Japanese officials with a disaster relief team survey the site of a garbage dump collapse that killed 32 people on the northeastern edge of Sri Lanka’s capital Colombo on April 21. The Japanese disaster relief team was advising the Sri Lankan government on measures to deal with the huge rubbish dump and relocate hundreds of families in the neighborhood following the April 14 disaster. (Photo by Ishara S. Kodikara/AFP)
A garbage landslide that killed 34 people in an impoverished Colombo suburb in April was the worst man-made disaster in Sri Lanka's recent peace-time history. Efforts to resolve this major socio-economic-related problem have achieved limited success so far.
The Meethotamulla disaster was the result of careless garbage disposal that did not consider the safety of the local community. There was no planning or forethought by the city's local authorities when they began dumping waste on the two-acre marshy patch of land. When the people of the area protested, they were told it was only a temporary measure.
With the escalation of local protests in 2012, the government of the time threatened dissenters and used judicial power to disproportionately break up the protests. The well-founded concerns of the people were silenced and the promises made by the authorities to remove the waste never materialized.
Meanwhile, the offices of the local authorities were embroiled in mafia-type corruption schemes. Some individuals paid bribes for their waste to be tipped while lorry drivers sought bribes for their part in the dumping process. Corrupt officials saw it as an opportunity to earn easy cash instead of working to find lasting solutions.
Neither the current government leaders nor previous officials predicted the disaster. But attempts were made to seek foreign investment to handle the task with some ministries reporting over 100 such proposals. However, there was no urgency on their part to expedite the projects. They made no real effort to reach a lasting solution for the Meethotamulla dump or, indeed, in similar cases around the country.
The people mostly responsible are the decision-makers at each level of governance: local, regional and national. It was their failure to implement any plan to recycle the waste or resolve the crisis. Some representatives of local political institutes had traveled abroad to study the set-up in other countries and their garbage disposal practices. Sadly, it seems the officials took advantage of these jollies and tax payers' money but without any intent to make systemic changes.
President Maithripala Sirisena has appointed a retired high court judge to investigate the tragedy and draft proposals for future government action. This one-man commission must investigate those responsible for their political follies. Which officials took trips abroad? Which politicians enabled and profited from the garbage mafia?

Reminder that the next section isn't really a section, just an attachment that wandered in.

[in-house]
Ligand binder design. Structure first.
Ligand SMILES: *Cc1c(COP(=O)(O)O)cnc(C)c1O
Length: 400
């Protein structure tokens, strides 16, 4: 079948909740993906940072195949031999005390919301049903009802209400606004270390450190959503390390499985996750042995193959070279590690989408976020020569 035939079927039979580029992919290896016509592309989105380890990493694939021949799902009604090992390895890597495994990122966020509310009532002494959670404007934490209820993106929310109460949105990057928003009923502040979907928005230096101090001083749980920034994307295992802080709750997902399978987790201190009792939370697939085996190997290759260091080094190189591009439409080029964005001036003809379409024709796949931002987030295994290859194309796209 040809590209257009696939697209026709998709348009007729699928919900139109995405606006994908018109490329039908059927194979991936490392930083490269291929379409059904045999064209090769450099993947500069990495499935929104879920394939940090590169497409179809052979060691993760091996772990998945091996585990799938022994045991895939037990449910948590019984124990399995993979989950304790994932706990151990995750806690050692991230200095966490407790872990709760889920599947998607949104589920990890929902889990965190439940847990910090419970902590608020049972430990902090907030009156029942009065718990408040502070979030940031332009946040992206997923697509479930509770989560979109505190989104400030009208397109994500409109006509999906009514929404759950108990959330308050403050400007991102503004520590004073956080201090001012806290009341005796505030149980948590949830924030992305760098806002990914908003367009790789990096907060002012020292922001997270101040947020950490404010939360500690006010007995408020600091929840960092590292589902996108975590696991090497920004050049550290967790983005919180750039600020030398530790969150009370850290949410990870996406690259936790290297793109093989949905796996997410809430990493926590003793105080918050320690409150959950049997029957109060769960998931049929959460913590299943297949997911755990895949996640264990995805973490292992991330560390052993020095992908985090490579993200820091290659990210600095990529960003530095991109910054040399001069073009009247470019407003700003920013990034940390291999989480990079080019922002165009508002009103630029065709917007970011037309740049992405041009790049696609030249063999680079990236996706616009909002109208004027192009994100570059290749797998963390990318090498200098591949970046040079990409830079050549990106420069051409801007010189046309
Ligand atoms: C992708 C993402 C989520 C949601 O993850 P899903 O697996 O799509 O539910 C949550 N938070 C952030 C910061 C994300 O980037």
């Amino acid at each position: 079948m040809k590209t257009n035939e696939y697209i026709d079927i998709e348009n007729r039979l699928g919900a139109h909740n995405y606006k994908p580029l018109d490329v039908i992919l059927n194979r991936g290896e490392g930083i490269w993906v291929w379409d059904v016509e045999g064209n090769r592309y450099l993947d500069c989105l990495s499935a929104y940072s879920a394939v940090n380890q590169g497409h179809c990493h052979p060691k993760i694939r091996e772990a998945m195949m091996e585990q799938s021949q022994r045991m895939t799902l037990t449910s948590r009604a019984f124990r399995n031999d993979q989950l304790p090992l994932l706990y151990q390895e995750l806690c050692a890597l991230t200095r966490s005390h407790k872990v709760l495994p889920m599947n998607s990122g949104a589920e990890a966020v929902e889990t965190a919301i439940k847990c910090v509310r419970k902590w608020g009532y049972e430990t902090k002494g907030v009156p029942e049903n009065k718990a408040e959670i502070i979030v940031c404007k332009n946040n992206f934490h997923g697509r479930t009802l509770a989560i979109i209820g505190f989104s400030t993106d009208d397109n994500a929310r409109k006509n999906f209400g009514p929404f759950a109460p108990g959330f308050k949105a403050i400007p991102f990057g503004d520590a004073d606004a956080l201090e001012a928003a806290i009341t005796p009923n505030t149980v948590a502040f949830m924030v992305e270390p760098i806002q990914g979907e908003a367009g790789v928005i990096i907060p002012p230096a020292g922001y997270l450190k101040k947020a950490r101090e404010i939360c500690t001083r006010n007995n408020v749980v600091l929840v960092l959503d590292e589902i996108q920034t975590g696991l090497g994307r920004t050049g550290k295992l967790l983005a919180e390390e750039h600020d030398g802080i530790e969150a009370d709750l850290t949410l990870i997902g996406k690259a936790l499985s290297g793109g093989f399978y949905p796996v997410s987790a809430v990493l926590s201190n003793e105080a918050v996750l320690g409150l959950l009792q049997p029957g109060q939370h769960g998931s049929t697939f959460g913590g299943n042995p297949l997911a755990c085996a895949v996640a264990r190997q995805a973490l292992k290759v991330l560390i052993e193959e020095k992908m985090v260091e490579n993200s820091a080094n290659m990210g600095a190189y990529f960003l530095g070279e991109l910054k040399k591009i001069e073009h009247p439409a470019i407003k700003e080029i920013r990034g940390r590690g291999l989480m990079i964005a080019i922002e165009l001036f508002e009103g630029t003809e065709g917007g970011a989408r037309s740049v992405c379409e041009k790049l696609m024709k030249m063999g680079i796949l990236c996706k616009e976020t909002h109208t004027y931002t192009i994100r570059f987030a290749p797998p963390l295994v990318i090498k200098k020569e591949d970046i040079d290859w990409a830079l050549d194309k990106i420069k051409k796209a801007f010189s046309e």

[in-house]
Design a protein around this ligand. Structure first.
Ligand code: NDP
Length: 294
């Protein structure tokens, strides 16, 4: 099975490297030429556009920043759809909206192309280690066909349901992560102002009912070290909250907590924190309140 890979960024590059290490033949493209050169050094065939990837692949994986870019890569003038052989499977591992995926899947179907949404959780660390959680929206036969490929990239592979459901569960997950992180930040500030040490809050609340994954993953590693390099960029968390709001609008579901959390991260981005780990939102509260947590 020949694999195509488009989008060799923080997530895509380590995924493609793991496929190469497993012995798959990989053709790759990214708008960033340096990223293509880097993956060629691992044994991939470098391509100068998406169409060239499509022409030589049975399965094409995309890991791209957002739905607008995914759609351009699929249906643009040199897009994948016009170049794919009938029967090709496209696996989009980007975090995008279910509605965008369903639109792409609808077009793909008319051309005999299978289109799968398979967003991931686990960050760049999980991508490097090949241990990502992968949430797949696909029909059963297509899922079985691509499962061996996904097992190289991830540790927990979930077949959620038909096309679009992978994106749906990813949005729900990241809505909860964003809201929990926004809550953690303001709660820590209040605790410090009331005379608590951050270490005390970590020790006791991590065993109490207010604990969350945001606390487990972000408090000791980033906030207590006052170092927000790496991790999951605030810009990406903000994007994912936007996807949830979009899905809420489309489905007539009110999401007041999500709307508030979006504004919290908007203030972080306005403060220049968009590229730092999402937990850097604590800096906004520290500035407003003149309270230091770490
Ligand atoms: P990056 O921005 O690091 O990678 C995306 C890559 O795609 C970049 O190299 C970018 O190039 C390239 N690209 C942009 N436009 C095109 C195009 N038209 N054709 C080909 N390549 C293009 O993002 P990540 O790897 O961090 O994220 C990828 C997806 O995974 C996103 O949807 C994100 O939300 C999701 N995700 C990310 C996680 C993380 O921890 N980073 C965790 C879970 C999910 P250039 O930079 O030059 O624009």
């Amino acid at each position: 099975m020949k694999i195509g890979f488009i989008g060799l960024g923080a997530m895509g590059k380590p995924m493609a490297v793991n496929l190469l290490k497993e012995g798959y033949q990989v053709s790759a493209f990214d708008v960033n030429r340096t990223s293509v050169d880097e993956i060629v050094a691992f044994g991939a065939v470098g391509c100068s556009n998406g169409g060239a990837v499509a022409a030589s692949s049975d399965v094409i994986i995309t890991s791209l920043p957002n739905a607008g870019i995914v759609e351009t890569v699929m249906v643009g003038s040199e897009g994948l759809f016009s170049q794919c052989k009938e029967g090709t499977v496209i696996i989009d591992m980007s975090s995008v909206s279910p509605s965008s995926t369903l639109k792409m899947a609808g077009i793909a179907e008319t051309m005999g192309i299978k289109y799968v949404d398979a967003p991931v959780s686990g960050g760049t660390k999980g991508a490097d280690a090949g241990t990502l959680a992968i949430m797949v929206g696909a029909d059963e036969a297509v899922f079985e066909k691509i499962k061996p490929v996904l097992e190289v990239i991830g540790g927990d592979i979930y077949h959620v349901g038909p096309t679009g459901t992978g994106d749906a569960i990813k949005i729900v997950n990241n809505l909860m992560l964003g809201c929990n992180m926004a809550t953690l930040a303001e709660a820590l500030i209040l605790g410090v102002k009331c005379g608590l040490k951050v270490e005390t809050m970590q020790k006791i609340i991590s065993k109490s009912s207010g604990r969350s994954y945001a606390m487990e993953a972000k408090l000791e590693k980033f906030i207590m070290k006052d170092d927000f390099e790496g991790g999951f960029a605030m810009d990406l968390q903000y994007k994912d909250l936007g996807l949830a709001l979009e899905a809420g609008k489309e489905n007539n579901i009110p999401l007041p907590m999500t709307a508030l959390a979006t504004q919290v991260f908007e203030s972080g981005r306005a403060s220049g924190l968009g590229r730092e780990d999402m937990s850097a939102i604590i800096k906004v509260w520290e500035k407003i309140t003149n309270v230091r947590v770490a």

It is reported the same groups sought bribes from the potential local and foreign investors. These culprits must be exposed. The guilty parties should be punished by, at the very least, removing them from their positions of power. As some have indicated, this failure to implement an adequate scheme should be labelled a "crime against humanity," with the perpetrators punished accordingly.
The catastrophe is an eye-opener and warns us of potential disasters to come in other parts of the country where similar criminal dumping practices have taken place.
The public are partly culpable for negligent waste disposal habits that have aggravated the problem. The three pillars of environmental waste management, "reduce, reuse and recycle," are essential for reducing the amount that ends up in landfill.
Addressing this situation requires public education programs that encourage citizens to reduce their footprint in the first instance, and separating the waste into groups that makes recycling and waste management far easier for the authorities: to sort food items from non-food items, paper from glassware, and plastics, polythene and digital waste into their respective units.
Likewise, government legislation is an effective tool for influencing waste management, from production to landfill.
Financial backing is required to achieve any institutional or systemic changes. Yet, in Sri Lanka, where politics and business meet, corruption is endemic. It is a sickness within our society. A 10 percent fee is often leaked as payment to individual politicians or their respective agents. The current regime came into power in 2015 with a promise to eliminate corruption and punish the evil doers. Almost two years have elapsed and there is no sign that it will end, particularly through the rule of law.
From the perspective of religion, I tend to venture down the Christian biblical path of thinking regarding environment spirituality. In 2015, Pope Francis issued an encyclical titled Laudato si' on the care for our common home and "pollution, waste and our throwaway mentality." The pope's reflections are an eye-opener, not only for Catholics to adhere to and apply to their local situation, but every strata of society.
Everyone generates garbage at home and in their work place. We are all duty-bound to change the course of events, not to merely throw away without care or responsibility. It is all our responsibility to reduce the waste by managing and then facilitating the division of garbage into, at a minimum, three groups: biodegradable, non-degradable and non-degradable items.
All religious leaders have a duty to work for the protection of the environment and adopt the role to condemn everyone responsible for the Meethotamulla disaster. It is unfortunate that Catholics have not considered the pope's Laudato si encyclical seriously, studied it and put it into practice as a testament of Christian witness.
Father Reid Shelton Fernando is an human rights activist and former Archdiocese of Colombo coordinator of the Christian Workers Movement.